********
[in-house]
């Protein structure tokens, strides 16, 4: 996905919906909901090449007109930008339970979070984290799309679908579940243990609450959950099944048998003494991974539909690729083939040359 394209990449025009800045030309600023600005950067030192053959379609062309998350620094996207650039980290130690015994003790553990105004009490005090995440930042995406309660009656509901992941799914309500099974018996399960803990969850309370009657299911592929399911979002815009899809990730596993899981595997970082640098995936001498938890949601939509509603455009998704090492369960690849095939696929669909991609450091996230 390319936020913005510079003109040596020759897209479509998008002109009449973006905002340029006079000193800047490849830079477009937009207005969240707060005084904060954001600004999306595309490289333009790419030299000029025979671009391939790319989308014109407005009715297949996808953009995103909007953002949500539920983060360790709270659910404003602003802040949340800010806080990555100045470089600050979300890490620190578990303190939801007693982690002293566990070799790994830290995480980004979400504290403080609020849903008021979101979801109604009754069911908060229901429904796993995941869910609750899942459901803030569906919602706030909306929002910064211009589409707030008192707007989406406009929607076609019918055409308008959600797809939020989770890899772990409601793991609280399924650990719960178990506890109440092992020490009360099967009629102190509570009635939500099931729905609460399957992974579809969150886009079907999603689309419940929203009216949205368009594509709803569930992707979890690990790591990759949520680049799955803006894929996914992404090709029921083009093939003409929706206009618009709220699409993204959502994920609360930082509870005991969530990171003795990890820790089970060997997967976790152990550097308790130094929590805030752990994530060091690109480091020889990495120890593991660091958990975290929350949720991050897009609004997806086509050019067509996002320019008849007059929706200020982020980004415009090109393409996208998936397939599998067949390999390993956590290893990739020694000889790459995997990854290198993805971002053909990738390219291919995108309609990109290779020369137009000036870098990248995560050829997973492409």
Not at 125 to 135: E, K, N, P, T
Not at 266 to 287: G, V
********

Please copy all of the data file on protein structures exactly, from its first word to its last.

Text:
[in-house]
């Protein structure tokens, strides 16, 4: 996905919906909901090449007109930008339970979070984290799309679908579940243990609450959950099944048998003494991974539909690729083939040359 394209990449025009800045030309600023600005950067030192053959379609062309998350620094996207650039980290130690015994003790553990105004009490005090995440930042995406309660009656509901992941799914309500099974018996399960803990969850309370009657299911592929399911979002815009899809990730596993899981595997970082640098995936001498938890949601939509509603455009998704090492369960690849095939696929669909991609450091996230 390319936020913005510079003109040596020759897209479509998008002109009449973006905002340029006079000193800047490849830079477009937009207005969240707060005084904060954001600004999306595309490289333009790419030299000029025979671009391939790319989308014109407005009715297949996808953009995103909007953002949500539920983060360790709270659910404003602003802040949340800010806080990555100045470089600050979300890490620190578990303190939801007693982690002293566990070799790994830290995480980004979400504290403080609020849903008021979101979801109604009754069911908060229901429904796993995941869910609750899942459901803030569906919602706030909306929002910064211009589409707030008192707007989406406009929607076609019918055409308008959600797809939020989770890899772990409601793991609280399924650990719960178990506890109440092992020490009360099967009629102190509570009635939500099931729905609460399957992974579809969150886009079907999603689309419940929203009216949205368009594509709803569930992707979890690990790591990759949520680049799955803006894929996914992404090709029921083009093939003409929706206009618009709220699409993204959502994920609360930082509870005991969530990171003795990890820790089970060997997967976790152990550097308790130094929590805030752990994530060091690109480091020889990495120890593991660091958990975290929350949720991050897009609004997806086509050019067509996002320019008849007059929706200020982020980004415009090109393409996208998936397939599998067949390999390993956590290893990739020694000889790459995997990854290198993805971002053909990738390219291919995108309609990109290779020369137009000036870098990248995560050829997973492409």
Not at 125 to 135: E, K, N, P, T
Not at 266 to 287: G, V